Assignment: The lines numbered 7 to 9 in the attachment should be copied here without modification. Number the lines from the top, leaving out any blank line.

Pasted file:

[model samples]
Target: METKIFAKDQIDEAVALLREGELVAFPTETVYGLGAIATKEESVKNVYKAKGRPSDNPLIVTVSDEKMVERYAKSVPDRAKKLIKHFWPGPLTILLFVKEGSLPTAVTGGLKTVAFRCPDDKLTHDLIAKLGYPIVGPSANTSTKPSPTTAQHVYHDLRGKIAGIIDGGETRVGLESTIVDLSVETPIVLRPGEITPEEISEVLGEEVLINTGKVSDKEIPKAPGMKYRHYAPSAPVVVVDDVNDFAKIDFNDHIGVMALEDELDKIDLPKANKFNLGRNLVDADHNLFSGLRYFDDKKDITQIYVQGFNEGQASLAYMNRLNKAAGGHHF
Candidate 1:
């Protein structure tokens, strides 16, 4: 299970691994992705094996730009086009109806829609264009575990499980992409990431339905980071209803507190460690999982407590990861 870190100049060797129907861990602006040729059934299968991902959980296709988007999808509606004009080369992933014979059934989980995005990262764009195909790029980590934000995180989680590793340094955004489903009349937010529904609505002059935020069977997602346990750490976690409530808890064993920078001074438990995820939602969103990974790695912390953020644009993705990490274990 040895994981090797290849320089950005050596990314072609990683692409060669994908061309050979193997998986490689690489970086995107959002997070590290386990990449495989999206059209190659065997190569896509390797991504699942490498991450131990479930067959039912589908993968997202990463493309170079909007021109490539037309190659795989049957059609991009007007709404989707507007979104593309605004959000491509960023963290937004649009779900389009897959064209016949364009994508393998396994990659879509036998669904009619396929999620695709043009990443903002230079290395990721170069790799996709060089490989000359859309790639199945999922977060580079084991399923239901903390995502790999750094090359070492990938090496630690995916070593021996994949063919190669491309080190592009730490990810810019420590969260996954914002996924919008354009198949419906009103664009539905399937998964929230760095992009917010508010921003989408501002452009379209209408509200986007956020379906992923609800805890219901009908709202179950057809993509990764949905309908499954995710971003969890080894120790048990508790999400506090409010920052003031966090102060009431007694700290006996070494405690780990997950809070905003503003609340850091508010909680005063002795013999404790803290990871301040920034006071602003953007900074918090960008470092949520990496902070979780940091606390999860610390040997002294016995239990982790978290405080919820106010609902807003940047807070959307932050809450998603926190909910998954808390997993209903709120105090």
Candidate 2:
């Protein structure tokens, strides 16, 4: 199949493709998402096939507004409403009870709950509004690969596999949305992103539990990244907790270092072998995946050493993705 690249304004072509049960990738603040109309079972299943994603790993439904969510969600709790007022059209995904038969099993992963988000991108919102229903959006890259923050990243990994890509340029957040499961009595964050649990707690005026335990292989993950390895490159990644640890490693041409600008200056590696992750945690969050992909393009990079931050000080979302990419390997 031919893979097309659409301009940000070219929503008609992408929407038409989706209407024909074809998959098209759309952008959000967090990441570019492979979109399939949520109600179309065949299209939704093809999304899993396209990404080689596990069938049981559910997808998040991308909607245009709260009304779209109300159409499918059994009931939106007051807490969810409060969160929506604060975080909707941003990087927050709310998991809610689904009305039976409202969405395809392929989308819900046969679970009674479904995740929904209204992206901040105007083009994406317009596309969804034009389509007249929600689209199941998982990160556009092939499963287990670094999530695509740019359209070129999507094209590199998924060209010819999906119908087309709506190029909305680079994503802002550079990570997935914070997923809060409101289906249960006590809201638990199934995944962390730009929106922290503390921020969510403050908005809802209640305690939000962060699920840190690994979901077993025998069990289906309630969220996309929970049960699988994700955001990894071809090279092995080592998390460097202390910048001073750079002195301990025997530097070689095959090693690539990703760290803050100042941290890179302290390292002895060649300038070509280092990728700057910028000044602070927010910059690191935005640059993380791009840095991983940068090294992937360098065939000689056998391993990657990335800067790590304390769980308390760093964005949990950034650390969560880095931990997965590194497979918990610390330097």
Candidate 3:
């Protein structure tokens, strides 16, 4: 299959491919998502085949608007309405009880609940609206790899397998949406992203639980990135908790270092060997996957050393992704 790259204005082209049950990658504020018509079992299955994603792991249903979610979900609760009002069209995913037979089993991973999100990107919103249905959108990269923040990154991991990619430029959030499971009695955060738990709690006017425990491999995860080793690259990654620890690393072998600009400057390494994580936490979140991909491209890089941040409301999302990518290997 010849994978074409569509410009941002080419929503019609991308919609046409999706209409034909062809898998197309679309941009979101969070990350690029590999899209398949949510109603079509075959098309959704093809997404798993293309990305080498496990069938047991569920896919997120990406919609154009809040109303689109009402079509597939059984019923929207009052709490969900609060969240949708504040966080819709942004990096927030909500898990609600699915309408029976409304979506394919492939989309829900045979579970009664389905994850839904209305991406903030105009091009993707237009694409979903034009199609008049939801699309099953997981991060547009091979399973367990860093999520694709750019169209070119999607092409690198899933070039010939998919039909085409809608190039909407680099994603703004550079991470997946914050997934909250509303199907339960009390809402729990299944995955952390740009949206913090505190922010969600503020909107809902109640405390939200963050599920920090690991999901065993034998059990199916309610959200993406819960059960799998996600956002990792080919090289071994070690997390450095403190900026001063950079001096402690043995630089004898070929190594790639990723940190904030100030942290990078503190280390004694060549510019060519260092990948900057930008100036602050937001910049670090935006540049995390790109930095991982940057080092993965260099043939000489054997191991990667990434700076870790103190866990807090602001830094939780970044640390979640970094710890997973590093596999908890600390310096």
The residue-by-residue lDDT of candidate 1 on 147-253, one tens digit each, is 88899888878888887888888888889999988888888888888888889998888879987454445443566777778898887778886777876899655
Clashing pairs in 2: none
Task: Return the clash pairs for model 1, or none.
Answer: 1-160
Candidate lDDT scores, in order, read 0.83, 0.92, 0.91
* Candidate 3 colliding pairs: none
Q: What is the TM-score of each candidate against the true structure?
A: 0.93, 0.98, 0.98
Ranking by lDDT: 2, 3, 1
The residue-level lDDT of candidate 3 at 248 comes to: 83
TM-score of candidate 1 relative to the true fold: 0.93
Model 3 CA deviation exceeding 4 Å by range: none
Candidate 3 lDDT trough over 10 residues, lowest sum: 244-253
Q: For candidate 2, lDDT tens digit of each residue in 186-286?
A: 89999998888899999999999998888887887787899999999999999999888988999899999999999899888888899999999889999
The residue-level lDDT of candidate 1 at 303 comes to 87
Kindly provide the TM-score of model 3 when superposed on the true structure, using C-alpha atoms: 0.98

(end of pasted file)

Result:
Candidate 3:
């Protein structure tokens, strides 16, 4: 299959491919998502085949608007309405009880609940609206790899397998949406992203639980990135908790270092060997996957050393992704 790259204005082209049950990658504020018509079992299955994603792991249903979610979900609760009002069209995913037979089993991973999100990107919103249905959108990269923040990154991991990619430029959030499971009695955060738990709690006017425990491999995860080793690259990654620890690393072998600009400057390494994580936490979140991909491209890089941040409301999302990518290997 010849994978074409569509410009941002080419929503019609991308919609046409999706209409034909062809898998197309679309941009979101969070990350690029590999899209398949949510109603079509075959098309959704093809997404798993293309990305080498496990069938047991569920896919997120990406919609154009809040109303689109009402079509597939059984019923929207009052709490969900609060969240949708504040966080819709942004990096927030909500898990609600699915309408029976409304979506394919492939989309829900045979579970009664389905994850839904209305991406903030105009091009993707237009694409979903034009199609008049939801699309099953997981991060547009091979399973367990860093999520694709750019169209070119999607092409690198899933070039010939998919039909085409809608190039909407680099994603703004550079991470997946914050997934909250509303199907339960009390809402729990299944995955952390740009949206913090505190922010969600503020909107809902109640405390939200963050599920920090690991999901065993034998059990199916309610959200993406819960059960799998996600956002990792080919090289071994070690997390450095403190900026001063950079001096402690043995630089004898070929190594790639990723940190904030100030942290990078503190280390004694060549510019060519260092990948900057930008100036602050937001910049670090935006540049995390790109930095991982940057080092993965260099043939000489054997191991990667990434700076870790103190866990807090602001830094939780970044640390979640970094710890997973590093596999908890600390310096």
The residue-by-residue lDDT of candidate 1 on 147-253, one tens digit each, is 88899888878888887888888888889999988888888888888888889998888879987454445443566777778898887778886777876899655